Written by Fred Cicetti Wednesday, 13 June 2007 09:47Inner-ear disturbances are the primary cause.
Losing balance when you’re older is serious stuff. The Centers for Disease Control and Prevention reports that, each year, more than one-third of people over 65 years suffer a fall.
Falls are the leading cause of injury deaths among older adults. And, even if the fall doesn’t kill you, you could fracture a hip and then a whole bunch of problems will can cascade over you—limitations on activities, isolation, loss of independence, depression.
Not all balance problems have the same cause. Here are several major ones:
Benign paroxysmal positional vertigo. With BPPV, one of the most common causes of balance problems, you get vertigo when you change the position of your head. You may also experience BPPV when you roll over, get out of bed, or when look on a high shelf. BPPV is more likely in people over 60.
Labyrinthitis, an infection or inflammation of the inner ear. The labyrinth is the organ in your inner ear that enables you to maintain balance.
Ménière's disease, which also can give you intermittent hearing loss, a ringing or roaring in the ears, and a feeling of fullness in the ear.
Other causes may involve another part of the body, such as the brain or the heart. Aging, infections, head injury, certain medicines, or problems with blood circulation may also cause problems with balance.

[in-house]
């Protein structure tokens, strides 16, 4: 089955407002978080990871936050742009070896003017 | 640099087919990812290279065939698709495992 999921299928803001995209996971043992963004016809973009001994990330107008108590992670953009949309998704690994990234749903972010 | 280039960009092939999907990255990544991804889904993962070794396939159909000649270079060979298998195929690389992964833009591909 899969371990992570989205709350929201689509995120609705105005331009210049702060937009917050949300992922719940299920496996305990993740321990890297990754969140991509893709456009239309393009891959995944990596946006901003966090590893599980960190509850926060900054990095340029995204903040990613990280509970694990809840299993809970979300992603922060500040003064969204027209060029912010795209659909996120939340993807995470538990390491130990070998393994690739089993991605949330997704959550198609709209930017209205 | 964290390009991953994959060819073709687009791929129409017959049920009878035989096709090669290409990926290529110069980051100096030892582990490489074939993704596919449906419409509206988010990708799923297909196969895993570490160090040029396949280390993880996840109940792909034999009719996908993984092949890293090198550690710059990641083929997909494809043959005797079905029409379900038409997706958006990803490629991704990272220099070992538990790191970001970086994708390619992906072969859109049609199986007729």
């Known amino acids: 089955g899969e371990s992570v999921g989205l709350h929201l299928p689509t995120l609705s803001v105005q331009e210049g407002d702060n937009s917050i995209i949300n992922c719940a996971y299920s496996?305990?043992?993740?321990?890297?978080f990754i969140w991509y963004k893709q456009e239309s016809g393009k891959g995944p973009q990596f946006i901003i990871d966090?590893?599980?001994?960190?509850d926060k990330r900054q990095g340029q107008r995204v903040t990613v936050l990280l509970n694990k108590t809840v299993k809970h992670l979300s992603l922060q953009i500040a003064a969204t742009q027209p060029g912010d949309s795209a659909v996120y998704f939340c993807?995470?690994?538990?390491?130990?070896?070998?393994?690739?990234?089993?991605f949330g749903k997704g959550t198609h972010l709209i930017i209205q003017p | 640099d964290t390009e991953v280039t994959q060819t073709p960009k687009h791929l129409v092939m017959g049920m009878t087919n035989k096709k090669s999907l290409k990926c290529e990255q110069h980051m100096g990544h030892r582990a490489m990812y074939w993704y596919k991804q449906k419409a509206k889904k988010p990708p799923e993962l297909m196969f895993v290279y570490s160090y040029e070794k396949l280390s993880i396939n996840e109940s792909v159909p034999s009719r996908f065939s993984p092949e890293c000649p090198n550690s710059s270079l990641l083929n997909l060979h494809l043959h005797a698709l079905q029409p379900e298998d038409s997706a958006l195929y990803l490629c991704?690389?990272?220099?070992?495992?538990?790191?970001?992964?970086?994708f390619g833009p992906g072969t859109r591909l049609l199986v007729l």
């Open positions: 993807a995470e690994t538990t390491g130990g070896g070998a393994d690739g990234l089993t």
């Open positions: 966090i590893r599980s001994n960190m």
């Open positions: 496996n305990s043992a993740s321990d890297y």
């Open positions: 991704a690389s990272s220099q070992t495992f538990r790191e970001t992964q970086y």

Blood-pressure medications and some antibiotics can cause balance problems. If you are taking any drugs in these categories and feel off-balance, it’s worth discussing with your doctor.
Some people may have a balance problem and don’t know it. Balance disorders can be difficult to diagnose because patients sometimes can’t describe their symptoms well.
Balance disorders can be signs of other health problems, so it’s important to have them checked out.
If you can answer any of the following positively, discuss the symptom with your doctor.
Do I feel: Unsteady? Disoriented? As if the room is spinning? As if I'm moving when I'm still? As if I’m falling? As if I might faint?
Also, do you ever lose your balance and fall? Or, do you experience blurred vision?
Persistent balance problems are not something you should pass off as a harmless part of the aging process. They should always be examined carefully.
If you have a question, please write to firstname.lastname@example.org. All Rights Reserved © 2007 by Fred Cicetti